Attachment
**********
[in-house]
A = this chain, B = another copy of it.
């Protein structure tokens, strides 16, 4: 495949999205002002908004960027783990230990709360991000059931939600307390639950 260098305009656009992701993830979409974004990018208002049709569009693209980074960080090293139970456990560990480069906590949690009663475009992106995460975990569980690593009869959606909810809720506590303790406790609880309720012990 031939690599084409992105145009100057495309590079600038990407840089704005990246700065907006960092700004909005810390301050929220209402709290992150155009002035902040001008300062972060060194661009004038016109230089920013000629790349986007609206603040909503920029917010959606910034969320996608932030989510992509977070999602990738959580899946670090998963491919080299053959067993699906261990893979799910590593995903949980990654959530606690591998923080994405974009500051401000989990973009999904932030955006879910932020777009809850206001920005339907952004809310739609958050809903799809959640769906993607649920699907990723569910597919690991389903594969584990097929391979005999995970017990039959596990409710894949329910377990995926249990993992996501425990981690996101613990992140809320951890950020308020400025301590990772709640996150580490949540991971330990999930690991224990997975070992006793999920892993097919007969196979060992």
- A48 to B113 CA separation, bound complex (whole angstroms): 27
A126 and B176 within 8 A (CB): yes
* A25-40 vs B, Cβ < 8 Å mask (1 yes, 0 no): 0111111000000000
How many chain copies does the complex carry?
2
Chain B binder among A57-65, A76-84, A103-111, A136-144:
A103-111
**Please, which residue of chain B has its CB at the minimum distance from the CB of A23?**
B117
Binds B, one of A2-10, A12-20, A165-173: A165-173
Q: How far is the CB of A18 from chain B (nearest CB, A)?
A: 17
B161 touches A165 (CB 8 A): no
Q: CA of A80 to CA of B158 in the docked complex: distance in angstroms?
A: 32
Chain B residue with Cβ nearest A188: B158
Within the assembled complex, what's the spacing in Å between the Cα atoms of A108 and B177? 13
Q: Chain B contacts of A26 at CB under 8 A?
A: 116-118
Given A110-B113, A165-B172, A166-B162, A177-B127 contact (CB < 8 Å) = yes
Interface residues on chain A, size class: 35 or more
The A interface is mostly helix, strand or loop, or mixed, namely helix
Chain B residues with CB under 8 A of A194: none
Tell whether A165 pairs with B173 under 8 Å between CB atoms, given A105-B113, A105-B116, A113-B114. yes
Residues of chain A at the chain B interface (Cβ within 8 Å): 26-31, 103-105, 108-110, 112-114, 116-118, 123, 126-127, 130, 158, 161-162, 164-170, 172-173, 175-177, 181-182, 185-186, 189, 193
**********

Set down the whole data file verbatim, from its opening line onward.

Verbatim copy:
[in-house]
A = this chain, B = another copy of it.
């Protein structure tokens, strides 16, 4: 495949999205002002908004960027783990230990709360991000059931939600307390639950 260098305009656009992701993830979409974004990018208002049709569009693209980074960080090293139970456990560990480069906590949690009663475009992106995460975990569980690593009869959606909810809720506590303790406790609880309720012990 031939690599084409992105145009100057495309590079600038990407840089704005990246700065907006960092700004909005810390301050929220209402709290992150155009002035902040001008300062972060060194661009004038016109230089920013000629790349986007609206603040909503920029917010959606910034969320996608932030989510992509977070999602990738959580899946670090998963491919080299053959067993699906261990893979799910590593995903949980990654959530606690591998923080994405974009500051401000989990973009999904932030955006879910932020777009809850206001920005339907952004809310739609958050809903799809959640769906993607649920699907990723569910597919690991389903594969584990097929391979005999995970017990039959596990409710894949329910377990995926249990993992996501425990981690996101613990992140809320951890950020308020400025301590990772709640996150580490949540991971330990999930690991224990997975070992006793999920892993097919007969196979060992």
- A48 to B113 CA separation, bound complex (whole angstroms): 27
A126 and B176 within 8 A (CB): yes
* A25-40 vs B, Cβ < 8 Å mask (1 yes, 0 no): 0111111000000000
How many chain copies does the complex carry?
2
Chain B binder among A57-65, A76-84, A103-111, A136-144:
A103-111
**Please, which residue of chain B has its CB at the minimum distance from the CB of A23?**
B117
Binds B, one of A2-10, A12-20, A165-173: A165-173
Q: How far is the CB of A18 from chain B (nearest CB, A)?
A: 17
B161 touches A165 (CB 8 A): no
Q: CA of A80 to CA of B158 in the docked complex: distance in angstroms?
A: 32
Chain B residue with Cβ nearest A188: B158
Within the assembled complex, what's the spacing in Å between the Cα atoms of A108 and B177? 13
Q: Chain B contacts of A26 at CB under 8 A?
A: 116-118
Given A110-B113, A165-B172, A166-B162, A177-B127 contact (CB < 8 Å) = yes
Interface residues on chain A, size class: 35 or more
The A interface is mostly helix, strand or loop, or mixed, namely helix
Chain B residues with CB under 8 A of A194: none
Tell whether A165 pairs with B173 under 8 Å between CB atoms, given A105-B113, A105-B116, A113-B114. yes
Residues of chain A at the chain B interface (Cβ within 8 Å): 26-31, 103-105, 108-110, 112-114, 116-118, 123, 126-127, 130, 158, 161-162, 164-170, 172-173, 175-177, 181-182, 185-186, 189, 193